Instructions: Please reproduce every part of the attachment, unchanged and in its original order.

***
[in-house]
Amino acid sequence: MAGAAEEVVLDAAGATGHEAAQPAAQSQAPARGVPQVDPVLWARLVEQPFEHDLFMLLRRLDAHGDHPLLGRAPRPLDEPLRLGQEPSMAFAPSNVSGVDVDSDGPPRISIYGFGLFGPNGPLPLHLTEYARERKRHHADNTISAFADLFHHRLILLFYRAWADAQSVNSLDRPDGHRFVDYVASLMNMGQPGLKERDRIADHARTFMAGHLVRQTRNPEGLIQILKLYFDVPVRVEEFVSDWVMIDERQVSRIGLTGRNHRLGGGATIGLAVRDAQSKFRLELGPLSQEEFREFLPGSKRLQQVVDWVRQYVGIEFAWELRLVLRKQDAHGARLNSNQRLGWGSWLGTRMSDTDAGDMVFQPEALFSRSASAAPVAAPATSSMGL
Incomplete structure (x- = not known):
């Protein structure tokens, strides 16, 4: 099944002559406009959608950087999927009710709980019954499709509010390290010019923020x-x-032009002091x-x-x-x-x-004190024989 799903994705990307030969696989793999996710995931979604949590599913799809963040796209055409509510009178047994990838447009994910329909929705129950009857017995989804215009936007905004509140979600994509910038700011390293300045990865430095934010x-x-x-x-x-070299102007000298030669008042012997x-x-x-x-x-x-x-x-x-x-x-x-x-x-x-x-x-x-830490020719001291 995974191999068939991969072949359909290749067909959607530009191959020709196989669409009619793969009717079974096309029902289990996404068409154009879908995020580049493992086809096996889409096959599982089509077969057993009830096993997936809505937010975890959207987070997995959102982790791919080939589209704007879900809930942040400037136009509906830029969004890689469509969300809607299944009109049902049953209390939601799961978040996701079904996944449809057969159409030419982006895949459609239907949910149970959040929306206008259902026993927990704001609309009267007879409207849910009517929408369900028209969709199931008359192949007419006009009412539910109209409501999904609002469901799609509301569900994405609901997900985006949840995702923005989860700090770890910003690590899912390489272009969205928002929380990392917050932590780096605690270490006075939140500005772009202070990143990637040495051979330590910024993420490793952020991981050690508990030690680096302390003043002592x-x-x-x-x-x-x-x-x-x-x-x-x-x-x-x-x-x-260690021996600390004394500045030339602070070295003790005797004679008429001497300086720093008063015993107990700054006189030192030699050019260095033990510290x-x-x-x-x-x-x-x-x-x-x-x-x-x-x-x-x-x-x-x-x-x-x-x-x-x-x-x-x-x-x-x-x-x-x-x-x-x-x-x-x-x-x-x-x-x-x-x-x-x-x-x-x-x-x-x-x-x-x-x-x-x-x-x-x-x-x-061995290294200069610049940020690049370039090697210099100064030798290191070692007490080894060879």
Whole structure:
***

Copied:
[in-house]
Amino acid sequence: MAGAAEEVVLDAAGATGHEAAQPAAQSQAPARGVPQVDPVLWARLVEQPFEHDLFMLLRRLDAHGDHPLLGRAPRPLDEPLRLGQEPSMAFAPSNVSGVDVDSDGPPRISIYGFGLFGPNGPLPLHLTEYARERKRHHADNTISAFADLFHHRLILLFYRAWADAQSVNSLDRPDGHRFVDYVASLMNMGQPGLKERDRIADHARTFMAGHLVRQTRNPEGLIQILKLYFDVPVRVEEFVSDWVMIDERQVSRIGLTGRNHRLGGGATIGLAVRDAQSKFRLELGPLSQEEFREFLPGSKRLQQVVDWVRQYVGIEFAWELRLVLRKQDAHGARLNSNQRLGWGSWLGTRMSDTDAGDMVFQPEALFSRSASAAPVAAPATSSMGL
Incomplete structure (x- = not known):
């Protein structure tokens, strides 16, 4: 099944002559406009959608950087999927009710709980019954499709509010390290010019923020x-x-032009002091x-x-x-x-x-004190024989 799903994705990307030969696989793999996710995931979604949590599913799809963040796209055409509510009178047994990838447009994910329909929705129950009857017995989804215009936007905004509140979600994509910038700011390293300045990865430095934010x-x-x-x-x-070299102007000298030669008042012997x-x-x-x-x-x-x-x-x-x-x-x-x-x-x-x-x-x-830490020719001291 995974191999068939991969072949359909290749067909959607530009191959020709196989669409009619793969009717079974096309029902289990996404068409154009879908995020580049493992086809096996889409096959599982089509077969057993009830096993997936809505937010975890959207987070997995959102982790791919080939589209704007879900809930942040400037136009509906830029969004890689469509969300809607299944009109049902049953209390939601799961978040996701079904996944449809057969159409030419982006895949459609239907949910149970959040929306206008259902026993927990704001609309009267007879409207849910009517929408369900028209969709199931008359192949007419006009009412539910109209409501999904609002469901799609509301569900994405609901997900985006949840995702923005989860700090770890910003690590899912390489272009969205928002929380990392917050932590780096605690270490006075939140500005772009202070990143990637040495051979330590910024993420490793952020991981050690508990030690680096302390003043002592x-x-x-x-x-x-x-x-x-x-x-x-x-x-x-x-x-x-260690021996600390004394500045030339602070070295003790005797004679008429001497300086720093008063015993107990700054006189030192030699050019260095033990510290x-x-x-x-x-x-x-x-x-x-x-x-x-x-x-x-x-x-x-x-x-x-x-x-x-x-x-x-x-x-x-x-x-x-x-x-x-x-x-x-x-x-x-x-x-x-x-x-x-x-x-x-x-x-x-x-x-x-x-x-x-x-x-x-x-x-x-061995290294200069610049940020690049370039090697210099100064030798290191070692007490080894060879």
Whole structure: